Getting Started: Identify Your “User Type”
Whether you’re relying on the funds in your bank account or planning to open an in-store credit card, you already have an idea of how much you’re willing to spend on a new family computer. That’s perfectly reasonable, and if you want to set a limit of, say, $500, you could still walk away with a decent laptop or desktop PC that’ll cover the basics of email, Web use, chat, office essentials, and homework. (Macs will cost you more, but we’ll cover stuff like brand loyalty and budget flexibility later.)
However, if you really want to get the most from your new-computer funds, you should shop the way computer manufacturers build their systems: around intended usage. Start by anticipating how your family will use a computer, and then focus on the computers with specs that match your needs. Heck, even if you can’t find the perfect computer on the shelf, major manufacturers such as HP, Dell, and even Apple offer the ability to customize hardware, warranty coverage, accessories, and other features online. But let’s not get ahead of ourselves here – before you can do any of this, you need to identify your family’s “user type.”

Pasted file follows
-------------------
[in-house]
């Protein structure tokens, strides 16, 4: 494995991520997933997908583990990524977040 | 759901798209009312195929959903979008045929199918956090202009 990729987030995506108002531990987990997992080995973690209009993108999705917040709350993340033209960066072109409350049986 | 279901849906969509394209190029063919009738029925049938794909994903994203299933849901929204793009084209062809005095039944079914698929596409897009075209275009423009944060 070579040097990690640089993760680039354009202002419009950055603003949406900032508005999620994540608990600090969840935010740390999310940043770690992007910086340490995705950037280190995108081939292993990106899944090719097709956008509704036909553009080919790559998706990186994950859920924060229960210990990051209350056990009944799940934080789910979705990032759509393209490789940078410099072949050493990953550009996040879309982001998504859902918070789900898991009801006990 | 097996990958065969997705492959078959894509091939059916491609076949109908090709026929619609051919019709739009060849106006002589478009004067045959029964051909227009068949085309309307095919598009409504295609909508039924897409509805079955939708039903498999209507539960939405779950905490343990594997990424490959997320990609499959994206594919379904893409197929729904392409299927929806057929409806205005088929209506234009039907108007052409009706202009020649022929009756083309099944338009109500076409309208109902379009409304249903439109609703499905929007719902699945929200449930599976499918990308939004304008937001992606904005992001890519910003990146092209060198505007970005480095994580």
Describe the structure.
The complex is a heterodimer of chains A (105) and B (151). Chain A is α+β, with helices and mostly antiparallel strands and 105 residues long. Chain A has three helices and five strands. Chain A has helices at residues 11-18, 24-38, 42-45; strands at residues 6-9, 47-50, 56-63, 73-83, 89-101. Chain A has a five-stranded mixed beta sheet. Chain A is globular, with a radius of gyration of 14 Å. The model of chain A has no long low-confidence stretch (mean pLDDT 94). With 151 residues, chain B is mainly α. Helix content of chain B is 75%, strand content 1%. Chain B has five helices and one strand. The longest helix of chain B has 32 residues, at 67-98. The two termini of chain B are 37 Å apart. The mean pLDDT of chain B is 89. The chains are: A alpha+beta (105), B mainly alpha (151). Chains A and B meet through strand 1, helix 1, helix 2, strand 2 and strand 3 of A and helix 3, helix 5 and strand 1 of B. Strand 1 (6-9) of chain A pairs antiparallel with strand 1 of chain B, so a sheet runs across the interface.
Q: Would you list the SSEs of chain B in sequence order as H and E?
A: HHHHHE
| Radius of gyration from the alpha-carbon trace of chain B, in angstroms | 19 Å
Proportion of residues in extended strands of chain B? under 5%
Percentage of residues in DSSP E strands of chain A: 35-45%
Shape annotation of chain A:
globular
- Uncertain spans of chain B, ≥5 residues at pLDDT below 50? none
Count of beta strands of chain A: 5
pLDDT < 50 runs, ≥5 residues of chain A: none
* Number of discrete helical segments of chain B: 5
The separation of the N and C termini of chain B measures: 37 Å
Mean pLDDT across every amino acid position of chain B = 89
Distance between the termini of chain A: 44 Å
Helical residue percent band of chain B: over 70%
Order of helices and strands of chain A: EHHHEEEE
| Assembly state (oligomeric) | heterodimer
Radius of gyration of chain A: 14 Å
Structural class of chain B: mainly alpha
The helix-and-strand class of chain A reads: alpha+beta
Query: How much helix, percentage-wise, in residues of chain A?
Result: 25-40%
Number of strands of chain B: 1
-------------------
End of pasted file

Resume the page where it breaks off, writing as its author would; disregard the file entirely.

To start, call a family meeting. Ask everyone in the house to contribute to a wish list of computer features, and organize these wants and needs into a spreadsheet, which you’ll eventually translate into models and hardware specs. For instance, do the kids want the ability to play games or stream movies between homework assignments? That might lead you toward a PC with discrete graphics and built-in Wi-Fi. Does your husband want to hop on a late-night World of Warcraft session after you’ve finished updating the family balance sheet? You might be looking at a desktop PC or high-end laptop with discrete graphics, Wi-Fi capability, and a productivity-software suite such as Microsoft Office.